Quotation of the Day…

by Don Boudreaux on August 29, 2020

in Cleaned by Capitalism, Growth, Myths and Fallacies, Seen and Unseen, Standard of Living

… is from page 87 of economist Diane Coyle’s 2014 book, GDP (footnote deleted; link added):

It has been rather fashionable to claim that there is “too much” choice. The evidence points the other way. Econometric estimates of the value consumers derive from additional varieties of certain products, say of cereals, or book titles, indicate that this is large even for seemingly trivial innovations like apple cinnamon flavor Cheerios. What must be the benefit when adding together everything from minor innovations in cereals, toothpastes, and flavors of tea, through more obviously novel innovations such as Velcro fastening or hybrid cars, to those we normally think of as high-tech, like smartphone and tablet computers, genetically targeted pharmaceuticals, and new materials such as graphene?

DBx: No serious person with normal human sensibilities believes that achieving ever-greater access to material goods and services is or ought to be the be-all and end-all of human existence. Non-material, ‘higher,’ experiences – love, friendship, a sense of purpose, dignity, spirituality, self-respect – are of course deeply important.

And while sometimes the pursuit of the material comes at the expense of the ‘higher,’ this trade-off isn’t always or even typically required. Very often acquiring greater access to material goods and services better enables the achievement of the ‘higher.’ Visiting grandma is more satisfying if she’s alive, and she might well be alive because of some pharmaceutical products or because modern electronic communications devices gave her sufficiently early warning to evacuate before Hurricane Wallop came ashore.

It’s easy and oh-so-cool for people awash in modernity’s material amenities to parade their ethical sophistication by denouncing what they take to be the excessive, even animalistic, “addiction” (as they often call it) of other human beings to material goods and services. (Often such denunciations feature as examples devices that are used chiefly for entertainment, such as flatscreen TVs – as if the opportunity for escape, to be entertained, is a somewhat contemptible human desire.) But such denunciations are made by people who cast a too-shallow glance at their fellow human beings.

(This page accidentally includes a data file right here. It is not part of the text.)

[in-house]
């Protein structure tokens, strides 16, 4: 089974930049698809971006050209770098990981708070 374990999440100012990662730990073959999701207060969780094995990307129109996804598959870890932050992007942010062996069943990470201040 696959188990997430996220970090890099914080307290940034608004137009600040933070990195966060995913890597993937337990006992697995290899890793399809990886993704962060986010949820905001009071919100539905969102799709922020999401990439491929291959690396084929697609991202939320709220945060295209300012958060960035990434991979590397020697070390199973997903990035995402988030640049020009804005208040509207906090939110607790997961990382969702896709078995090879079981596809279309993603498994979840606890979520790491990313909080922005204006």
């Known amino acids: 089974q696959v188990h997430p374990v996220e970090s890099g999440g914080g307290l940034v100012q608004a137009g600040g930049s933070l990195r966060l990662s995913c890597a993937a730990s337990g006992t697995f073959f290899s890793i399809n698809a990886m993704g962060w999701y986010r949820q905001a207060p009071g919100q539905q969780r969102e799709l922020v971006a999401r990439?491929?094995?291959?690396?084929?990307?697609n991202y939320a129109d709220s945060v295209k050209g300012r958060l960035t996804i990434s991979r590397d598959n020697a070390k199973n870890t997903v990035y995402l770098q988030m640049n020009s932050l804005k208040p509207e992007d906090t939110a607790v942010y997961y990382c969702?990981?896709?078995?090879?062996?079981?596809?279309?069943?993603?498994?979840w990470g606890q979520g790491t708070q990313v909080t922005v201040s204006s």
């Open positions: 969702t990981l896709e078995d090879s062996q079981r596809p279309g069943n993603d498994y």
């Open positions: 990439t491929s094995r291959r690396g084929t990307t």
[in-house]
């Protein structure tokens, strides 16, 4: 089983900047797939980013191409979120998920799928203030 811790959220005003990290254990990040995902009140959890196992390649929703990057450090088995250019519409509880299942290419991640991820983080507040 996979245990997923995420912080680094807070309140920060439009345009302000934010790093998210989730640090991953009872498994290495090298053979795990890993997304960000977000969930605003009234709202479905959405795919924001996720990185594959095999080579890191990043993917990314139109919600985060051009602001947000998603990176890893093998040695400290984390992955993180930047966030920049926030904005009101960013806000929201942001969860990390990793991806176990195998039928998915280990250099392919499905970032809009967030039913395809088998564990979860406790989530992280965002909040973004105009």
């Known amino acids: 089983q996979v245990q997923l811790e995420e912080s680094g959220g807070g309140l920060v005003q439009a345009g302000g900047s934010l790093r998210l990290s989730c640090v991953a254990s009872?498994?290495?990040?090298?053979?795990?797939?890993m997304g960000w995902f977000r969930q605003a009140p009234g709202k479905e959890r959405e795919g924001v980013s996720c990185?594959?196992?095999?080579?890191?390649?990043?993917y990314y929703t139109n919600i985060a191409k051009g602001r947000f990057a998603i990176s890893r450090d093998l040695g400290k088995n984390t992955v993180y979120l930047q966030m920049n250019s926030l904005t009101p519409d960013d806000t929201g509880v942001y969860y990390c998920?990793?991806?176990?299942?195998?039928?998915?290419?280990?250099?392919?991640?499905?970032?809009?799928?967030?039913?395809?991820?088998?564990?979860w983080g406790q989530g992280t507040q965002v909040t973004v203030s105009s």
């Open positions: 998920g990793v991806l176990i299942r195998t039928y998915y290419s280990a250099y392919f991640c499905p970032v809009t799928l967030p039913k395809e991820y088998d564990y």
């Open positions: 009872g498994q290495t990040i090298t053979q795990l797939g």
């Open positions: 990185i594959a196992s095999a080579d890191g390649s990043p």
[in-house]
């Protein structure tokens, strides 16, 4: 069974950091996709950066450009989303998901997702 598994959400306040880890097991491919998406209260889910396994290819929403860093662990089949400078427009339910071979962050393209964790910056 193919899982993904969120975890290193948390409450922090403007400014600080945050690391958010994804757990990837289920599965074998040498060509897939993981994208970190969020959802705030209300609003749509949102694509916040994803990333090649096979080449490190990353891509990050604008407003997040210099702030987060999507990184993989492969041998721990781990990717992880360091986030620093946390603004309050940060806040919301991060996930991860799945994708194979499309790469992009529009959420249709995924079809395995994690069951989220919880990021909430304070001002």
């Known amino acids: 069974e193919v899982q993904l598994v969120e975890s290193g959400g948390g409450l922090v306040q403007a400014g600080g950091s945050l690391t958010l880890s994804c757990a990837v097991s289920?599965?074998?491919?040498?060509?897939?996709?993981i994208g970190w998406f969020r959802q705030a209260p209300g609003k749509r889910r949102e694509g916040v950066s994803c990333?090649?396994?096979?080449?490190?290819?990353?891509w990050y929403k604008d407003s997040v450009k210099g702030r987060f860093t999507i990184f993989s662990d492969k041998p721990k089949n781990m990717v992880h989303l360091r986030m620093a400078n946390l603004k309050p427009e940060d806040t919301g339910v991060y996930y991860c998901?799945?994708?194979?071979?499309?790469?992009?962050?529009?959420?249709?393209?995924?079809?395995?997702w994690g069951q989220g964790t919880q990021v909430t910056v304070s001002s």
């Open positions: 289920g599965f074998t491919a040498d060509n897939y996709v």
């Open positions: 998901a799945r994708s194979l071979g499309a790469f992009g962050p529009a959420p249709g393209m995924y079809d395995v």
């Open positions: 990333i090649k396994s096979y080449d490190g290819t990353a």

Sure, the Joneses seem rather too materialistic, what with mom and dad snacking on microwave popcorn as they watch “Schitt’s Creek” on their flatscreen TV, while each of the junior Joneses sits alone in his or her room texting friends or surfing the Internet. The Joneses aren’t doing what some intellectuals fancy they should be doing. They’re not at the bowling alley; they’re not sitting on the porch talking with the neighbors; they’re not at a townhall meeting; they’re doing nothing found in a Norman Rockwell painting.

Yet what are the other experiences that the Joneses enjoy because of their ready access to an abundance of material goods and services? Well, if they are typical Americans they’re healthier than they would have been even just a few decades ago because of the availability of some drugs and medical devices and procedures that only relatively recently became available. The Joneses can talk daily, without worrying about the cost, in real time face-to-face with grandma and grandpa who live hundreds of miles away. When the Joneses travel by automobile they’re less likely to be killed or seriously injured than were their parents at their age. They can acquire recorded music and many books within seconds – and thus, if they wish, elevate their tastes and improve their minds.

And they can afford to give to charitable causes, send $250 by Venmo to a struggling nephew, and volunteer on Sundays to work at a community theater – activities invisible to those who only see the Joneses perched in front of a flatscreen TV watching a silly comedy show.

Of course not everyone spends his or her time and material prosperity well. Some people are truly shallow and hyper-materialistic by any standard. But it’s untrue that greater material abundance is necessarily – or even, in practice, usually – bought at the expense of the deeper and better and higher aspects of what it means to be fully human.

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